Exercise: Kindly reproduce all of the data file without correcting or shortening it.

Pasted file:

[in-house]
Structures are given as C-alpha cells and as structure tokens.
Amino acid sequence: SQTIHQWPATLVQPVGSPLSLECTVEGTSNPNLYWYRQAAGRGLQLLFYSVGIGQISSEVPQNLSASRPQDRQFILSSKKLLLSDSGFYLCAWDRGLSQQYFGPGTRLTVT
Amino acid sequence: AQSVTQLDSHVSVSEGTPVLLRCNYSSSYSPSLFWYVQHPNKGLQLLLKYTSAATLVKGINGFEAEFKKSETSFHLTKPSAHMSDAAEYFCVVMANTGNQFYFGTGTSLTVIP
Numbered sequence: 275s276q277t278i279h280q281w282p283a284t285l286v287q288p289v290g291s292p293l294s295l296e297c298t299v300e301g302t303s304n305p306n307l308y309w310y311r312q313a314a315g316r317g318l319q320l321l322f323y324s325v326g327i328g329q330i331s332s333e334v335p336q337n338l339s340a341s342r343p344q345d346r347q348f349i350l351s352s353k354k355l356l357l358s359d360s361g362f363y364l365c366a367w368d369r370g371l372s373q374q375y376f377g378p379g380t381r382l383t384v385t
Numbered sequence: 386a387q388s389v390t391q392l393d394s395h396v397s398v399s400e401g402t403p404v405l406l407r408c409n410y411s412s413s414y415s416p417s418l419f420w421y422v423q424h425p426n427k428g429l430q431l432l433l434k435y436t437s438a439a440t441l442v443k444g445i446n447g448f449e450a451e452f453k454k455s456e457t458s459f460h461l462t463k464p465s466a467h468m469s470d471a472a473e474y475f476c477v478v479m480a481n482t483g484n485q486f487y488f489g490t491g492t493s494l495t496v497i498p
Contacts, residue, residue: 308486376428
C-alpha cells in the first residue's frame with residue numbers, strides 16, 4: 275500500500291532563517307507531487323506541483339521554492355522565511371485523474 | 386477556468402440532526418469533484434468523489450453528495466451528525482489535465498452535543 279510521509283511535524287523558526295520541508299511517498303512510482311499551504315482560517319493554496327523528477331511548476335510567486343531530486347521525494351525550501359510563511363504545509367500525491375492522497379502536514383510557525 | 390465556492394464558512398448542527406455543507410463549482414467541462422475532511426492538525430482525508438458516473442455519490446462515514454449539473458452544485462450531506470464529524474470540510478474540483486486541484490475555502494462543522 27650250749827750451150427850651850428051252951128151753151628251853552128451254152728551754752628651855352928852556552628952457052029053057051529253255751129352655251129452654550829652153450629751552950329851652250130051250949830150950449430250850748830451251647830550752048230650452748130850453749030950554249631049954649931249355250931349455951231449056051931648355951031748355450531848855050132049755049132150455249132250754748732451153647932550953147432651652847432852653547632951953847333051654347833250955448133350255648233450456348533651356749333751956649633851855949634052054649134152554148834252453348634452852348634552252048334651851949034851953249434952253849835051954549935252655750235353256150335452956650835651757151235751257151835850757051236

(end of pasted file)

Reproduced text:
[in-house]
Structures are given as C-alpha cells and as structure tokens.
Amino acid sequence: SQTIHQWPATLVQPVGSPLSLECTVEGTSNPNLYWYRQAAGRGLQLLFYSVGIGQISSEVPQNLSASRPQDRQFILSSKKLLLSDSGFYLCAWDRGLSQQYFGPGTRLTVT
Amino acid sequence: AQSVTQLDSHVSVSEGTPVLLRCNYSSSYSPSLFWYVQHPNKGLQLLLKYTSAATLVKGINGFEAEFKKSETSFHLTKPSAHMSDAAEYFCVVMANTGNQFYFGTGTSLTVIP
Numbered sequence: 275s276q277t278i279h280q281w282p283a284t285l286v287q288p289v290g291s292p293l294s295l296e297c298t299v300e301g302t303s304n305p306n307l308y309w310y311r312q313a314a315g316r317g318l319q320l321l322f323y324s325v326g327i328g329q330i331s332s333e334v335p336q337n338l339s340a341s342r343p344q345d346r347q348f349i350l351s352s353k354k355l356l357l358s359d360s361g362f363y364l365c366a367w368d369r370g371l372s373q374q375y376f377g378p379g380t381r382l383t384v385t
Numbered sequence: 386a387q388s389v390t391q392l393d394s395h396v397s398v399s400e401g402t403p404v405l406l407r408c409n410y411s412s413s414y415s416p417s418l419f420w421y422v423q424h425p426n427k428g429l430q431l432l433l434k435y436t437s438a439a440t441l442v443k444g445i446n447g448f449e450a451e452f453k454k455s456e457t458s459f460h461l462t463k464p465s466a467h468m469s470d471a472a473e474y475f476c477v478v479m480a481n482t483g484n485q486f487y488f489g490t491g492t493s494l495t496v497i498p
Contacts, residue, residue: 308486376428
C-alpha cells in the first residue's frame with residue numbers, strides 16, 4: 275500500500291532563517307507531487323506541483339521554492355522565511371485523474 | 386477556468402440532526418469533484434468523489450453528495466451528525482489535465498452535543 279510521509283511535524287523558526295520541508299511517498303512510482311499551504315482560517319493554496327523528477331511548476335510567486343531530486347521525494351525550501359510563511363504545509367500525491375492522497379502536514383510557525 | 390465556492394464558512398448542527406455543507410463549482414467541462422475532511426492538525430482525508438458516473442455519490446462515514454449539473458452544485462450531506470464529524474470540510478474540483486486541484490475555502494462543522 27650250749827750451150427850651850428051252951128151753151628251853552128451254152728551754752628651855352928852556552628952457052029053057051529253255751129352655251129452654550829652153450629751552950329851652250130051250949830150950449430250850748830451251647830550752048230650452748130850453749030950554249631049954649931249355250931349455951231449056051931648355951031748355450531848855050132049755049132150455249132250754748732451153647932550953147432651652847432852653547632951953847333051654347833250955448133350255648233450456348533651356749333751956649633851855949634052054649134152554148834252453348634452852348634552252048334651851949034851953249434952253849835051954549935252655750235353256150335452956650835651757151235751257151835850757051236